2. THAT after her said marriage your Petitioner lived and co-habited with her said husband at Tapanui in Otago, New Zealand, Melbourne in Victoria Australia and at Plymouth in England and that your Petitioner and her said husband had issue of their said marriage one child to wit John Clifford Stuart Mason aged 1year and 10 months.

I have to assume that the quoted age of the child is at the time of the document, since we know the child still lives as Mabel is granted custody of the child, according to the newspaper article on the divorce.

His Honor said he though a divorce should be granted, He gave the petitioner the custody of the child, leaving power to the respondent to apply under the Children’s Custody Act, of he desired to do so afterwards.

This would mean that John Clifford Stuart Mason would have been born around Jan or Feb 1896. From the newspaper report on the divorce we know a little of their travels around that time.

About five years ago they left New Zealand. They arrived in England in January, 1895. Whilst they were in England there was a quarrel between her husband and herself, and she returned to New Zealand with her mother in February 1896. She left her husband three or four months before that.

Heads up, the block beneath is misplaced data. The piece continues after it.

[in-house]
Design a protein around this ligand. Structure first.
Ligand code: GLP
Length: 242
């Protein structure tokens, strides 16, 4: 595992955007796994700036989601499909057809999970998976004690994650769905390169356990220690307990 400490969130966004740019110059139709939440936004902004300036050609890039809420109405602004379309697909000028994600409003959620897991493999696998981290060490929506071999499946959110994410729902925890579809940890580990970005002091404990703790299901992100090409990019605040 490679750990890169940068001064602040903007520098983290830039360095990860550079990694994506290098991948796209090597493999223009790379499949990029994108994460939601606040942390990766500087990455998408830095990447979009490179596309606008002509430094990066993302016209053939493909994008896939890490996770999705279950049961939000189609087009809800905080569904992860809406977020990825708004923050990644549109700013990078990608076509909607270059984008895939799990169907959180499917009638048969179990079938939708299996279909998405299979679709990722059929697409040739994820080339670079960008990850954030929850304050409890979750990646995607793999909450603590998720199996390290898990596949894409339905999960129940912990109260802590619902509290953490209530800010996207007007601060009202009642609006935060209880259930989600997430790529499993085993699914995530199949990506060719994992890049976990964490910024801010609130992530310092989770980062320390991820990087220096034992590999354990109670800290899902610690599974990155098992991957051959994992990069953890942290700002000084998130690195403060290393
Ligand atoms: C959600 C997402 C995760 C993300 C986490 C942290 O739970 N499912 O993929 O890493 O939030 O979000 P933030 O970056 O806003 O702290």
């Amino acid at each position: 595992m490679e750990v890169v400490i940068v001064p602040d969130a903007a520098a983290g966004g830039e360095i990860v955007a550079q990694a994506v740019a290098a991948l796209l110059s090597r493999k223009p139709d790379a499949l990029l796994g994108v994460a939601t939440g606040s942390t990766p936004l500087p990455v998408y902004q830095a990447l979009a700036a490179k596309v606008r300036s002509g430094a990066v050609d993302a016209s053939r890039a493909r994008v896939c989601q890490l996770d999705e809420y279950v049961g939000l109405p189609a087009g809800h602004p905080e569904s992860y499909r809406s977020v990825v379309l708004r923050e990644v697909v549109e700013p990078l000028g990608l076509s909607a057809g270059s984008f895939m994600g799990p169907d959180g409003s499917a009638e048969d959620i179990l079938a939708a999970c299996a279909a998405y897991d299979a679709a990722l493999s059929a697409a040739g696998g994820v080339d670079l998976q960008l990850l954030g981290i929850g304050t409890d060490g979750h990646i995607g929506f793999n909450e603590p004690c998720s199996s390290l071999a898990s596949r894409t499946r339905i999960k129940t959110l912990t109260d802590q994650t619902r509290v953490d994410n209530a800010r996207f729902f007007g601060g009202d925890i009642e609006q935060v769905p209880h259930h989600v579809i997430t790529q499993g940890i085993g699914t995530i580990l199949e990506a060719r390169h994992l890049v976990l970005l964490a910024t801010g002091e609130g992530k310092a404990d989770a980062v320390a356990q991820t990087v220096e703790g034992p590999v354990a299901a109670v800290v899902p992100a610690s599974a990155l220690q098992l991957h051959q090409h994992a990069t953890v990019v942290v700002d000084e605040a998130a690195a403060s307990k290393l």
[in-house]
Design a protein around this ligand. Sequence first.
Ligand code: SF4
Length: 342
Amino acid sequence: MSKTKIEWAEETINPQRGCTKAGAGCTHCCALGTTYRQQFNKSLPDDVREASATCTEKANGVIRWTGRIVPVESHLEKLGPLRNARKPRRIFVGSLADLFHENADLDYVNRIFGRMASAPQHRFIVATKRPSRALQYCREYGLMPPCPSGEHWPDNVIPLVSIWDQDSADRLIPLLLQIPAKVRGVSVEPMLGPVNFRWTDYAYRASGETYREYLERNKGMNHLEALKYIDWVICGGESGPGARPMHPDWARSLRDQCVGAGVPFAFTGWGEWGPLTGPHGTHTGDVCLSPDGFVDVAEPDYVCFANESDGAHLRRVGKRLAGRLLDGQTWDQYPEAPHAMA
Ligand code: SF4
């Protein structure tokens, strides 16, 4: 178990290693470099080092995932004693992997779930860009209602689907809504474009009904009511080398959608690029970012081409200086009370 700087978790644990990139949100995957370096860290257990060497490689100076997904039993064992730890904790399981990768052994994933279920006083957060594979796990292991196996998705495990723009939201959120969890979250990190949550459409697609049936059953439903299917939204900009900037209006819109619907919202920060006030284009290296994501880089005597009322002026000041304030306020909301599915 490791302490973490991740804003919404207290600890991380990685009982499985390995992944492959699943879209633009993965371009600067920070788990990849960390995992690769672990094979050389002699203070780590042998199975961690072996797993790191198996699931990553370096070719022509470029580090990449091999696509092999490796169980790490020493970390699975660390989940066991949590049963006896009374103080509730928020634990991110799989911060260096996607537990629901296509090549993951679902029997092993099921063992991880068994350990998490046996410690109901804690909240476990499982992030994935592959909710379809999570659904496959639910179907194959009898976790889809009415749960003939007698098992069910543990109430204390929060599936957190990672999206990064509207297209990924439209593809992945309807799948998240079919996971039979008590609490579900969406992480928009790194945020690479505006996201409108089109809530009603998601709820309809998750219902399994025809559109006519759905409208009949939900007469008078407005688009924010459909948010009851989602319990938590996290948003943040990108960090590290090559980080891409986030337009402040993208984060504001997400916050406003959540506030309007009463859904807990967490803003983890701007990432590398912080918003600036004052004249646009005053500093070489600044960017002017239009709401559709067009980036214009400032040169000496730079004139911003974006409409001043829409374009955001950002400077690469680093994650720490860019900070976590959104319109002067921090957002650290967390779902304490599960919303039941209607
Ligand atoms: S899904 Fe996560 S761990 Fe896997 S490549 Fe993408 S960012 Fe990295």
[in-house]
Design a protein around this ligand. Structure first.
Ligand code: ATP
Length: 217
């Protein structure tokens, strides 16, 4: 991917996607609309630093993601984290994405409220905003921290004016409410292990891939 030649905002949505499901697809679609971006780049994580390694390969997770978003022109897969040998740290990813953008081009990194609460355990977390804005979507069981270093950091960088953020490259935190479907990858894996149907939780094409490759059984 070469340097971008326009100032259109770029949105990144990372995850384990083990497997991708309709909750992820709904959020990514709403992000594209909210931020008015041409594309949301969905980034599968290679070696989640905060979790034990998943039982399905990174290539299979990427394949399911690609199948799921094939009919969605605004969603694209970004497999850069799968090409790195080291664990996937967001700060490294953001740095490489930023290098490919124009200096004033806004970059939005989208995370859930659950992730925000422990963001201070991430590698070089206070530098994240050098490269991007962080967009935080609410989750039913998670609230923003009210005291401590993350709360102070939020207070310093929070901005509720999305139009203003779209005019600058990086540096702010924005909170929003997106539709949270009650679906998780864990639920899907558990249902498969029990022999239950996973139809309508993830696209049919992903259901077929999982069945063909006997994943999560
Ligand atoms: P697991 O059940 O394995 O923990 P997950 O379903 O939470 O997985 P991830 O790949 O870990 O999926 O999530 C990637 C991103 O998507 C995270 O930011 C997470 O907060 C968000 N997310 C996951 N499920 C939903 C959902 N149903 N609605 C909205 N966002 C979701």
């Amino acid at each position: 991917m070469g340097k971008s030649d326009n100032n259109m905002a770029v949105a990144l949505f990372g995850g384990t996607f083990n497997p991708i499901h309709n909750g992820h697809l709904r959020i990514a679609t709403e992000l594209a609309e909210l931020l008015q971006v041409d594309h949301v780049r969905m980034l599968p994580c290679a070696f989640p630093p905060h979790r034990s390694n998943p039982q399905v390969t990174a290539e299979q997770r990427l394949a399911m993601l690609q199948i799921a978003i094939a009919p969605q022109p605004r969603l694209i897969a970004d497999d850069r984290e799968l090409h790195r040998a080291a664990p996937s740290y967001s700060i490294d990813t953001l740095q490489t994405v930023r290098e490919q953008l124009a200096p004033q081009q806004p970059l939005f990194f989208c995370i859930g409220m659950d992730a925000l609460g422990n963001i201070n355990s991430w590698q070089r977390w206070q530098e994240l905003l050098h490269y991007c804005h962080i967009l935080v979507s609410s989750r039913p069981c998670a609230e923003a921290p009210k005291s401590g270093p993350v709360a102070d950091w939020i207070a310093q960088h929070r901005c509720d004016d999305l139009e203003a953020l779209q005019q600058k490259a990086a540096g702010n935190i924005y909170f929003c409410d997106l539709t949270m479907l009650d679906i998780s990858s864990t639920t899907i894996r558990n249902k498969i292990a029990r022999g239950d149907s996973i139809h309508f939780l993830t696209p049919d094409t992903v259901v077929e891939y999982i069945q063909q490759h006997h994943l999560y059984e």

So would she have traveled when heavily pregnant and had John in New Zealand, or perhaps on board the ship? Or is the three or four months wait between leaving her husband and traveling to New Zealand because she waited and had the baby before traveling? This would mean that John was born in the UK.

Mabel actually married three times. She has a helpfully unique combination of names and so searching Papers Past found her several times. After her divorce from John Arthur Mason she then married Frederick Stuart Des Barres on 1 Sep 1900 in the Registry Office, Napier, Hawkes’ Bay, New Zealand. This marriage also ended in divorce on 14 Mar 1912, as per another newspaper report. Then she married a third time, in 1913, to James Ambrose Eivers and shows up in the papers again trying to get back the jewelry that her second husband used as security on an overdraft.

Helpfully, Mabel’s son John also has a seemingly unique combination of names, so I searched for his names. Nothing came up to start with, so I dropped the surname, and up popped a war record in the Auckland Museum Online Cenotaph for a John Clifford Stuart Des Barres. Des Barres was his mother Mable’s second married name. Could this be him? Reading through the record, in the listing of his company:-

1st NEW ZEALAND CYCLIST COMPANY
Reg. No. Rank. Name. Occupation. Name and Address of Next-of-kin.
10747 Corporal Des Barres, Clifford Stuart Picture-show Manager Mrs. M. Eivers (mother), Opotiki.

John Clifford Stuart Mason/Des Barres

John Clifford Stuart Mason/Des Barres